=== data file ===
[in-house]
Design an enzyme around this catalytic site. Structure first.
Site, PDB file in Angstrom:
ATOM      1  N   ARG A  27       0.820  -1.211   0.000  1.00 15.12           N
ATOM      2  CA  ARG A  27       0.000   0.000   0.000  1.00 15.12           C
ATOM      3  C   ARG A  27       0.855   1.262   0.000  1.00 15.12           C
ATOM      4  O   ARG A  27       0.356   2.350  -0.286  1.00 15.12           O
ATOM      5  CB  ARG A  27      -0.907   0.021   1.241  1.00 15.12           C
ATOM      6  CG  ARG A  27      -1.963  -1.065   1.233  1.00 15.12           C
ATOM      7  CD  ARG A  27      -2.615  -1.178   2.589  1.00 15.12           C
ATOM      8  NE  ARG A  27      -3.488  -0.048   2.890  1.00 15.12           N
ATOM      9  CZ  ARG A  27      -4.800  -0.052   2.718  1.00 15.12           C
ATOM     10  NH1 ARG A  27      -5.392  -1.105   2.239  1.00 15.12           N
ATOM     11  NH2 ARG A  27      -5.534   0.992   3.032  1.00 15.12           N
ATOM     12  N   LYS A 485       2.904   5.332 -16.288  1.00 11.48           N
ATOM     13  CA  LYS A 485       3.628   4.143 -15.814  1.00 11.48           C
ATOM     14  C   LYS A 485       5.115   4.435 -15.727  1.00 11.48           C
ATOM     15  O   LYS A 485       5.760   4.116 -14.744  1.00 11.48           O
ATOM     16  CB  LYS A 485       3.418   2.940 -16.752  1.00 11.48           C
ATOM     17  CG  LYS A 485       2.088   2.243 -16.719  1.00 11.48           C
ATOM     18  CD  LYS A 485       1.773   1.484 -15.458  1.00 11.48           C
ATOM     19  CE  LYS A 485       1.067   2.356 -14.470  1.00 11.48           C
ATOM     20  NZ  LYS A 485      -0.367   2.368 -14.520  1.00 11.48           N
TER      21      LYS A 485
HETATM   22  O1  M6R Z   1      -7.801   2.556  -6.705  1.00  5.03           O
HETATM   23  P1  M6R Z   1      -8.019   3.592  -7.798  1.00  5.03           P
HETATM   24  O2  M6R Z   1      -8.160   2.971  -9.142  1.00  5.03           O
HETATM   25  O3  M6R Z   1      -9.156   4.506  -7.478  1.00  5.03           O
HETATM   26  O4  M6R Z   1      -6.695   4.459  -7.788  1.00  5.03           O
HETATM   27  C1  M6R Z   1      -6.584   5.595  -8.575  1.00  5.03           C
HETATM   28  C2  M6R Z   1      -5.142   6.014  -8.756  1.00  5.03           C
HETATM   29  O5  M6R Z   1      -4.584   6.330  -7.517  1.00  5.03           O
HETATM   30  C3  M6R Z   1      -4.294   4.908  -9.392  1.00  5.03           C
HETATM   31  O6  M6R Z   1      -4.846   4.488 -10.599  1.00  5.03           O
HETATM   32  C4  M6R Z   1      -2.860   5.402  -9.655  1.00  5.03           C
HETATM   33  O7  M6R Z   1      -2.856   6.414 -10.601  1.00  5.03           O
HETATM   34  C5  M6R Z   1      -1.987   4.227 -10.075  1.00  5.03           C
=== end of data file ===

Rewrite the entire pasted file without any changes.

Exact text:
[in-house]
Design an enzyme around this catalytic site. Structure first.
Site, PDB file in Angstrom:
ATOM      1  N   ARG A  27       0.820  -1.211   0.000  1.00 15.12           N
ATOM      2  CA  ARG A  27       0.000   0.000   0.000  1.00 15.12           C
ATOM      3  C   ARG A  27       0.855   1.262   0.000  1.00 15.12           C
ATOM      4  O   ARG A  27       0.356   2.350  -0.286  1.00 15.12           O
ATOM      5  CB  ARG A  27      -0.907   0.021   1.241  1.00 15.12           C
ATOM      6  CG  ARG A  27      -1.963  -1.065   1.233  1.00 15.12           C
ATOM      7  CD  ARG A  27      -2.615  -1.178   2.589  1.00 15.12           C
ATOM      8  NE  ARG A  27      -3.488  -0.048   2.890  1.00 15.12           N
ATOM      9  CZ  ARG A  27      -4.800  -0.052   2.718  1.00 15.12           C
ATOM     10  NH1 ARG A  27      -5.392  -1.105   2.239  1.00 15.12           N
ATOM     11  NH2 ARG A  27      -5.534   0.992   3.032  1.00 15.12           N
ATOM     12  N   LYS A 485       2.904   5.332 -16.288  1.00 11.48           N
ATOM     13  CA  LYS A 485       3.628   4.143 -15.814  1.00 11.48           C
ATOM     14  C   LYS A 485       5.115   4.435 -15.727  1.00 11.48           C
ATOM     15  O   LYS A 485       5.760   4.116 -14.744  1.00 11.48           O
ATOM     16  CB  LYS A 485       3.418   2.940 -16.752  1.00 11.48           C
ATOM     17  CG  LYS A 485       2.088   2.243 -16.719  1.00 11.48           C
ATOM     18  CD  LYS A 485       1.773   1.484 -15.458  1.00 11.48           C
ATOM     19  CE  LYS A 485       1.067   2.356 -14.470  1.00 11.48           C
ATOM     20  NZ  LYS A 485      -0.367   2.368 -14.520  1.00 11.48           N
TER      21      LYS A 485
HETATM   22  O1  M6R Z   1      -7.801   2.556  -6.705  1.00  5.03           O
HETATM   23  P1  M6R Z   1      -8.019   3.592  -7.798  1.00  5.03           P
HETATM   24  O2  M6R Z   1      -8.160   2.971  -9.142  1.00  5.03           O
HETATM   25  O3  M6R Z   1      -9.156   4.506  -7.478  1.00  5.03           O
HETATM   26  O4  M6R Z   1      -6.695   4.459  -7.788  1.00  5.03           O
HETATM   27  C1  M6R Z   1      -6.584   5.595  -8.575  1.00  5.03           C
HETATM   28  C2  M6R Z   1      -5.142   6.014  -8.756  1.00  5.03           C
HETATM   29  O5  M6R Z   1      -4.584   6.330  -7.517  1.00  5.03           O
HETATM   30  C3  M6R Z   1      -4.294   4.908  -9.392  1.00  5.03           C
HETATM   31  O6  M6R Z   1      -4.846   4.488 -10.599  1.00  5.03           O
HETATM   32  C4  M6R Z   1      -2.860   5.402  -9.655  1.00  5.03           C
HETATM   33  O7  M6R Z   1      -2.856   6.414 -10.601  1.00  5.03           O
HETATM   34  C5  M6R Z   1      -1.987   4.227 -10.075  1.00  5.03           C